Friday, January 04, 2008

Traditional Shooting

In light of this story, it’s kind of funny how so many of us, including myself, were saying, “Tradition? What tradition?” after a Springfield man was shot by police NewYear's Eve. The man was celebrating in what his freind later called a traditional way -shooting a gun into the air.

Sangamon County sheriff’s deputy recalls shotgun pellets raining down onto the hood of his patrol car. Springfield police officers are encouraged to keep Kevlar helmets in their cars, just in case. Right after midnight, “all you hear is gunshots,” a resident says. New Year’s Eve in Springfield — it’s like a war zone, they say.

Firing gunshots into the air at midnight, and apparently for hours afterward, is a time-honored tradition for some city residents. But authorities say it’s illegal, and it has led to people being injured and even killed.

“People seem to think it’s OK to step out and fire a weapon into the air to celebrate the new year,” said Sangamon County sheriff’s Capt. Jack Campbell.


Perhaps I have heard gunshots in the past and assumed they were just fireworks, but I honestly had no idea this went on in Springfield, at least not to this extent. I’m also assuming maybe this is more of a “tradition” in some neighborhoods than others.

2 comments:

Anonymous said...

Some neighborhoods is exactly right. If you look at the SJ-R story they have the streets named where there were complaints and most are on the eastside of town. No wonder the police did what they had to do. These people over there have no respect for the law or authority whatsoever. The police did what was needed. Funny these people have enough money for a gun and ammo but many receive assistance from the govt. The SJ-R refused to print this as they are afraid to tell the truth.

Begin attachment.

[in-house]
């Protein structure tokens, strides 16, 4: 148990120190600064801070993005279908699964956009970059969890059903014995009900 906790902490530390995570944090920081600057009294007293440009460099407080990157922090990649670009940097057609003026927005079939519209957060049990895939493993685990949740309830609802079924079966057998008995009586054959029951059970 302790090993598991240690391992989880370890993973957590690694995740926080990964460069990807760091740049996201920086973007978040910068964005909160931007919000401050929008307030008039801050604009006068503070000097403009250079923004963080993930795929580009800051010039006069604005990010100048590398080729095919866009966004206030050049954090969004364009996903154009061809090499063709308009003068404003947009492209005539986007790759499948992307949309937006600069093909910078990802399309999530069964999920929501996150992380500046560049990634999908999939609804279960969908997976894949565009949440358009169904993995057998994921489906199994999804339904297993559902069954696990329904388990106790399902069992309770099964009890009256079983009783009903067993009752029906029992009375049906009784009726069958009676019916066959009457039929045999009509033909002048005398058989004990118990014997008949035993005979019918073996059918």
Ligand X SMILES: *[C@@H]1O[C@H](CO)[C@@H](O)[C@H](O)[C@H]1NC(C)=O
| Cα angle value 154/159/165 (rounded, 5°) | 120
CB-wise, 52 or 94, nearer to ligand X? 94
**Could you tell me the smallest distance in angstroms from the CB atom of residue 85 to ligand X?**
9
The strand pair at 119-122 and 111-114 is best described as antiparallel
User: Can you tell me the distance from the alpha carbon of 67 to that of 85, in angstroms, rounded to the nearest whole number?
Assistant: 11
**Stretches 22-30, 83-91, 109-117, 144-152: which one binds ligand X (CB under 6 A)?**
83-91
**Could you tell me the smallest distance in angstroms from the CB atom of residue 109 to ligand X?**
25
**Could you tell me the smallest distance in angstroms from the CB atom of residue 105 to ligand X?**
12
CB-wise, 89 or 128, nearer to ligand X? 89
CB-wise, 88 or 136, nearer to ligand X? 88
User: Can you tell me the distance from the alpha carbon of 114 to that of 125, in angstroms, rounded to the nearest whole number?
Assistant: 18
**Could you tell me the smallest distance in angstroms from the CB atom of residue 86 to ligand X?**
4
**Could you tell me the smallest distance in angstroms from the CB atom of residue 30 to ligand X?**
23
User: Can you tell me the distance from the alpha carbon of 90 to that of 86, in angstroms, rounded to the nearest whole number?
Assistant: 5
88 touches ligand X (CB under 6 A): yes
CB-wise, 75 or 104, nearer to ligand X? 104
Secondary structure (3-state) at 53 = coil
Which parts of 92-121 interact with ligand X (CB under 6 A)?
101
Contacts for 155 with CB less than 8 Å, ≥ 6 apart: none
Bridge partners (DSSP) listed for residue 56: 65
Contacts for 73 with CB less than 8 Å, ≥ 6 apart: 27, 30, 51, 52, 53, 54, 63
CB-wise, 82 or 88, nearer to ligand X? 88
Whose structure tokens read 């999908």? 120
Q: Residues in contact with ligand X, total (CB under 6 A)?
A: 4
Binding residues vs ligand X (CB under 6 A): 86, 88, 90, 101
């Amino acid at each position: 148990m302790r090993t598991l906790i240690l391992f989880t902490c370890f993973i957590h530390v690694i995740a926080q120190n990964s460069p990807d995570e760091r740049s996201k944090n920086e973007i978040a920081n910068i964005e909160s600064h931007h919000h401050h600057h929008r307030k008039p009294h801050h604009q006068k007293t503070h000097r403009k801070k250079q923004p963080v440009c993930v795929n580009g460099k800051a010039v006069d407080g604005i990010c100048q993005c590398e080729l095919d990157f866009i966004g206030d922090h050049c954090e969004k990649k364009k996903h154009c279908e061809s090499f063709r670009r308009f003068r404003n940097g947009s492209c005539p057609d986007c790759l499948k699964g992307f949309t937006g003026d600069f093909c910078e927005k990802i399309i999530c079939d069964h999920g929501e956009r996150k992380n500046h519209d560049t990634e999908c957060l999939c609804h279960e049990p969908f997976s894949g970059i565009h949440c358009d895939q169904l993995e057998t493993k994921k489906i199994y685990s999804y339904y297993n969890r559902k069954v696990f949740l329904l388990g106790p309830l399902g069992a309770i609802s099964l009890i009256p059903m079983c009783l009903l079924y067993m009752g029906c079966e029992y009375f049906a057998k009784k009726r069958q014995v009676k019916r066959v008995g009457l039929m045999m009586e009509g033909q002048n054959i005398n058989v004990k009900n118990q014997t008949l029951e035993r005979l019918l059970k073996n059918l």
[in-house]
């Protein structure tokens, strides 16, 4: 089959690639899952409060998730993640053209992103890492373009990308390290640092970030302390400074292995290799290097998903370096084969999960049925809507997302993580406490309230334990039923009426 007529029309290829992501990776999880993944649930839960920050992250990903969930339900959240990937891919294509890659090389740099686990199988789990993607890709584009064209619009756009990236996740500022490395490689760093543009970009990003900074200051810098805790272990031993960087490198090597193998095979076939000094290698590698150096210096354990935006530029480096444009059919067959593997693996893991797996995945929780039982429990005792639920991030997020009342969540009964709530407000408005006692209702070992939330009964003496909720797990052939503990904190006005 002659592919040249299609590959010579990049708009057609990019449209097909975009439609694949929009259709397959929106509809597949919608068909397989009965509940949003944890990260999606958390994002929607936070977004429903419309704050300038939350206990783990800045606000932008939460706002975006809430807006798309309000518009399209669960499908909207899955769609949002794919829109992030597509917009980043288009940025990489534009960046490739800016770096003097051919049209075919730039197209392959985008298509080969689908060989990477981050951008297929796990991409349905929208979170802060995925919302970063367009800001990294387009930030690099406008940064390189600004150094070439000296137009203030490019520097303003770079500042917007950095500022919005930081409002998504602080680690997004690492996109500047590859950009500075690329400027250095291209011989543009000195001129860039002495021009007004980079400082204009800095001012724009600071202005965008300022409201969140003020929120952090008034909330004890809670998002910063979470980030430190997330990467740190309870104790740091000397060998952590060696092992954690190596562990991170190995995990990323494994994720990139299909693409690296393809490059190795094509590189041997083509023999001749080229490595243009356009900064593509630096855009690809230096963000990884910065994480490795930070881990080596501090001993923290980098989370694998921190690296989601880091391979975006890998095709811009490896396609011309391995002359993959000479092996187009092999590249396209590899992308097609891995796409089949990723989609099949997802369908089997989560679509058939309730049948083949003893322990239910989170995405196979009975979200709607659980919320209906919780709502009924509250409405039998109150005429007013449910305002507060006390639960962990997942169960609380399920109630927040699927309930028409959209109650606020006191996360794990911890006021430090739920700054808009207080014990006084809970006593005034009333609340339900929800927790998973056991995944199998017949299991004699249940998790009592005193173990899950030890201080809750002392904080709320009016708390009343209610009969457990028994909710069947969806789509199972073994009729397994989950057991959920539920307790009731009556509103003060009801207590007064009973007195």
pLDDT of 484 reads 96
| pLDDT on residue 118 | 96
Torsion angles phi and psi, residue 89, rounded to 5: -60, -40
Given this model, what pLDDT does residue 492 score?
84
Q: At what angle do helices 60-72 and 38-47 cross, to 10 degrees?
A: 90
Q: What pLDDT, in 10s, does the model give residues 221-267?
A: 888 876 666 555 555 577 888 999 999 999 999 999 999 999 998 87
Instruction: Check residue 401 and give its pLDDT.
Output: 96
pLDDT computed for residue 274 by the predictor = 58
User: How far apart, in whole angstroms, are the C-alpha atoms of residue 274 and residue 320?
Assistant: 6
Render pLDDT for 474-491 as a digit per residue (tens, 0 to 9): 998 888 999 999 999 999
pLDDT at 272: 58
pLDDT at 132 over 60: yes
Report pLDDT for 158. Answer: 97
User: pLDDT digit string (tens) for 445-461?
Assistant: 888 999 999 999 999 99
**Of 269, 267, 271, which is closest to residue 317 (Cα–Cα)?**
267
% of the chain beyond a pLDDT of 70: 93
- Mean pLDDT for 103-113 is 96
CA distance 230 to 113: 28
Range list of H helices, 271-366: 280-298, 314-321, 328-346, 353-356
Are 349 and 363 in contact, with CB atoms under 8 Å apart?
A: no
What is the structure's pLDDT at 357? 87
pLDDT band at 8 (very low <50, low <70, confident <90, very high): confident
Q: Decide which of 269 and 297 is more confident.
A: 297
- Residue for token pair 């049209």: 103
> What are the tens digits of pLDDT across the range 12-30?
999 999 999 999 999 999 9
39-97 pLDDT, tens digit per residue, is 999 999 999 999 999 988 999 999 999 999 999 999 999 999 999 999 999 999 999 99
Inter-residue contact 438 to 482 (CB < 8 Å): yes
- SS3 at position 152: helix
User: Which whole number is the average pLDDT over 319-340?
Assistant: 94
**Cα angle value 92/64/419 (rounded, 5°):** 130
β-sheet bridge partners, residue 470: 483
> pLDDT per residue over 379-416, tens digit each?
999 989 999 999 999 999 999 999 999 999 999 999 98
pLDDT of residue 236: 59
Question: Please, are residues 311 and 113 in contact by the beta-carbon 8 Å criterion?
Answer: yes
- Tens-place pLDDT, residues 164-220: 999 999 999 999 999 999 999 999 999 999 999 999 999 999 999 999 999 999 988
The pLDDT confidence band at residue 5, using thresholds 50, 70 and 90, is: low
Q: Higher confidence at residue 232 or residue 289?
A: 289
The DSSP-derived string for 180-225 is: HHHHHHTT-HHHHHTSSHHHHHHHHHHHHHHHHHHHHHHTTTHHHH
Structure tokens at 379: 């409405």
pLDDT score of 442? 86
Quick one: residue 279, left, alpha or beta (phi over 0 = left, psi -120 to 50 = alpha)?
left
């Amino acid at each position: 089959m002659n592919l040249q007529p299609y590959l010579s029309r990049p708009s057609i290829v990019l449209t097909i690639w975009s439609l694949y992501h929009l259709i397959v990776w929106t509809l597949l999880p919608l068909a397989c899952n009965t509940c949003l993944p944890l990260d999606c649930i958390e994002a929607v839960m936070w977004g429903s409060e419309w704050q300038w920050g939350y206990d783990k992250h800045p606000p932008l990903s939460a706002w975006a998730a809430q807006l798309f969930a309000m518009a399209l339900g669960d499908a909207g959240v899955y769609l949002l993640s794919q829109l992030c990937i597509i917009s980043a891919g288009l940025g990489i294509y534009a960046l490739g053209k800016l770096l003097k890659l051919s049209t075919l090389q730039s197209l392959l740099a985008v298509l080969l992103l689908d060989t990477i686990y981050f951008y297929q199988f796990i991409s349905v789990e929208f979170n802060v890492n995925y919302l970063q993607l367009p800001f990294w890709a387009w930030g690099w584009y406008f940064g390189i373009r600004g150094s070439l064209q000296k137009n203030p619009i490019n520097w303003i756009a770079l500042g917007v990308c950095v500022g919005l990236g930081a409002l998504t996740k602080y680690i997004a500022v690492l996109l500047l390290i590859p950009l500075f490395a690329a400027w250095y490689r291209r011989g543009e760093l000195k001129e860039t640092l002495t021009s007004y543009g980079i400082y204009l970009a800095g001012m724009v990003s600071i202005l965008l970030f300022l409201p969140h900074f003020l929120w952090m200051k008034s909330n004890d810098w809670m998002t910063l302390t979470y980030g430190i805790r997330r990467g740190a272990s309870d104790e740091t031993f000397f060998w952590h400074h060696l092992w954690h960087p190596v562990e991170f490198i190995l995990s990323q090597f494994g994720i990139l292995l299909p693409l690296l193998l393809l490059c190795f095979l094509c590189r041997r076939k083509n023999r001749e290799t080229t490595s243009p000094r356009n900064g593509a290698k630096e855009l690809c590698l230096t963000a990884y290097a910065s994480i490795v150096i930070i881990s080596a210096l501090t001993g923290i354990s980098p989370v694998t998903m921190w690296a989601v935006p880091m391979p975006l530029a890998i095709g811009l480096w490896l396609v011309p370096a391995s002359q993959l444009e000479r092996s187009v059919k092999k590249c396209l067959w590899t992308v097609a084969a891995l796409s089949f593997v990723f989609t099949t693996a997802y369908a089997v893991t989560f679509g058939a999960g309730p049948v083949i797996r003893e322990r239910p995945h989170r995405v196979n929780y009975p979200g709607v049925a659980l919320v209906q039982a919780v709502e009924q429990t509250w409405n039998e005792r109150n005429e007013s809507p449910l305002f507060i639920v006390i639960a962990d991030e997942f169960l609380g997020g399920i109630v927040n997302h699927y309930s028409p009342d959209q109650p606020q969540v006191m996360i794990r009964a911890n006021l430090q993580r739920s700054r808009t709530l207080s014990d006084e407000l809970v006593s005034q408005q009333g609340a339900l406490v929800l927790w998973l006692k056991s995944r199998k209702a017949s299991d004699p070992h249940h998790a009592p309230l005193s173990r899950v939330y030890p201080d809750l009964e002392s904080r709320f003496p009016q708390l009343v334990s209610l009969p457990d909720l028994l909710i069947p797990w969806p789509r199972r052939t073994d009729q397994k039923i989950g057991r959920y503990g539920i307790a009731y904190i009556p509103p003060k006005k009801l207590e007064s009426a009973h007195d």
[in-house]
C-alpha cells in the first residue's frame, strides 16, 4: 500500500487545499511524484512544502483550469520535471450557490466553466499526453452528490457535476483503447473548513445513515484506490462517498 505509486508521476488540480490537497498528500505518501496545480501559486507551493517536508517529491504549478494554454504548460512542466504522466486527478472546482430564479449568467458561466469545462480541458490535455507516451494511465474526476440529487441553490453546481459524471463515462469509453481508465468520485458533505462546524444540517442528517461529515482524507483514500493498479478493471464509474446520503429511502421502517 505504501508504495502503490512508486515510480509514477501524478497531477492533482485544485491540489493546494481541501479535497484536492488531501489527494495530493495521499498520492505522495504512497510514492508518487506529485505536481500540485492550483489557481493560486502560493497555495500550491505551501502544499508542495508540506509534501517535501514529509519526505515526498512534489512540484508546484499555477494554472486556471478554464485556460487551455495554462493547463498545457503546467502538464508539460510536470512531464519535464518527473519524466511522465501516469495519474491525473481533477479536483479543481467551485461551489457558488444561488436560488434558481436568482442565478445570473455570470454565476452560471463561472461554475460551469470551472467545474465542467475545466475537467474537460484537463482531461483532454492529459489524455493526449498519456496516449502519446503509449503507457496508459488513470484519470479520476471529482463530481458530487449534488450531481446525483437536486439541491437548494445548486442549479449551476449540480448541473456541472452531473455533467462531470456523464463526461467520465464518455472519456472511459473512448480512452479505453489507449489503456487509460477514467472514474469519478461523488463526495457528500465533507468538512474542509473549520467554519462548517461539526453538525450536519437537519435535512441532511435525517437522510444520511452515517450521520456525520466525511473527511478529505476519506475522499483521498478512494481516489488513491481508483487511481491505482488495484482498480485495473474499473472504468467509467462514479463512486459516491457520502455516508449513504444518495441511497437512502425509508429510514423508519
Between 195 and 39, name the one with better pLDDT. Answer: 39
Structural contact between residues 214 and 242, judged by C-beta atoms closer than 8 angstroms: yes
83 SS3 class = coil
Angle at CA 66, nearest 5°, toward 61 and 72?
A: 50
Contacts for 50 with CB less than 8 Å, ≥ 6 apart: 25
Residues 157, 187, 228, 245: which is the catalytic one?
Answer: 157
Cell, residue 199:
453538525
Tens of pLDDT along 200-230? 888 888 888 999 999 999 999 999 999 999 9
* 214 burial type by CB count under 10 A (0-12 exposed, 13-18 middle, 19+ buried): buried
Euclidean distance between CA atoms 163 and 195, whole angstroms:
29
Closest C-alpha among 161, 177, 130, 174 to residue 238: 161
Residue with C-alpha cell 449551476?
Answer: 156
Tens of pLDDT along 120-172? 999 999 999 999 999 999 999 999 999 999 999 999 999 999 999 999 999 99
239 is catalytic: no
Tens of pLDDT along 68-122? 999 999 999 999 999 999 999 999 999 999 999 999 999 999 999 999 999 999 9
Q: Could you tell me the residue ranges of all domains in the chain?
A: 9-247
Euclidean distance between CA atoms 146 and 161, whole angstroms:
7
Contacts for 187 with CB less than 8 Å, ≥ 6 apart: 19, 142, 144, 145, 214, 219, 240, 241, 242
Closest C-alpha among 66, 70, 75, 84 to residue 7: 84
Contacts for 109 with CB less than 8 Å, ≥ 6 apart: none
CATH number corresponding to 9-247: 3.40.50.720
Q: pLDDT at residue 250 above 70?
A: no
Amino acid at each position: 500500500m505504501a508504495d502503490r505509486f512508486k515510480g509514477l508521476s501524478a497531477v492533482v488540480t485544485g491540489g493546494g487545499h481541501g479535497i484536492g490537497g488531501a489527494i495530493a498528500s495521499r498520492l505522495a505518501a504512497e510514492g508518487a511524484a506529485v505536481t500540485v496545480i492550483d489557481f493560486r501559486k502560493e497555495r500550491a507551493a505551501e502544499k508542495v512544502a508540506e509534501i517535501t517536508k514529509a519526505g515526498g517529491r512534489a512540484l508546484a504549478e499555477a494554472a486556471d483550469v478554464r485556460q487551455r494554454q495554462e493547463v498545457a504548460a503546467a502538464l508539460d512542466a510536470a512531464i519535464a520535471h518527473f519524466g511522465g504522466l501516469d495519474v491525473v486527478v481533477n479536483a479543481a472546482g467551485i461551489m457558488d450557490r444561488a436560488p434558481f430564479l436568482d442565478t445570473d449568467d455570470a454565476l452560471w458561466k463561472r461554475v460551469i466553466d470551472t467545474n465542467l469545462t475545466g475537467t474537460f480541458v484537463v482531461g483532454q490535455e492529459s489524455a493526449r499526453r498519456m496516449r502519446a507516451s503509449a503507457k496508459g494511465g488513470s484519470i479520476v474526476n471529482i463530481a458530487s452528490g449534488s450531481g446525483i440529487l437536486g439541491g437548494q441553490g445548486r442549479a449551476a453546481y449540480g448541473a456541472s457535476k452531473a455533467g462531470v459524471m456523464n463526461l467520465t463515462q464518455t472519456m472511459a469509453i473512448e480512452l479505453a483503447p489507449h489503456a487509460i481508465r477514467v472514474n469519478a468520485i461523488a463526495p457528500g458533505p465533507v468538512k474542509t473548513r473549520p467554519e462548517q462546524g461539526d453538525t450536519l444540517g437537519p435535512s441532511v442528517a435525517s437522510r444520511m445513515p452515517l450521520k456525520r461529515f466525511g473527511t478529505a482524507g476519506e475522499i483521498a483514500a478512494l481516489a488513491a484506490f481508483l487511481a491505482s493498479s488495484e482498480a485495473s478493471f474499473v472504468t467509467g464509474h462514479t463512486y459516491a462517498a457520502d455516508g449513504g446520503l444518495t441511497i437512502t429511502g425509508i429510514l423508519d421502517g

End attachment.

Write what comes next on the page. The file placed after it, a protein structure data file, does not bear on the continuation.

rickmonday said...

I can see where some people would consider this a tradition. I am not saying it is right, in fact it is wrong. And yes, I agree that most of the addresses in the SJR article were on the East side. However, I wanted to point out how society's acceptance of guns has changed drastically in just 20 years.

In the late 70s to the middle 80s, I grew up in the Sherwood neighborhood. My brothers and I would often go pheasant hunting on the railroad tracks between Sherwood and Westchester. (I think that area is now the Praire path or something). Anyway, we used to carry our guns, in a case, on the back of our bikes and hunt the tracks. We would ride right out in the open with no care in the world. No one ever called the police on us. We were taught gun safety at a very young age by our father and we were never in danger. It was accepted back then.

Today, we would be thrown in jail and our guns would be taken from us if we tried to pull a stunt like that.

Another thing after thinking about it, our parents used to let us out at 7am during the summer and just told us to be home for dinner and not to go in anyone's house. Now a days, I dont let my kids out of my site. Then again, my brothers and I were armed and probably kept the pedophiles at bay.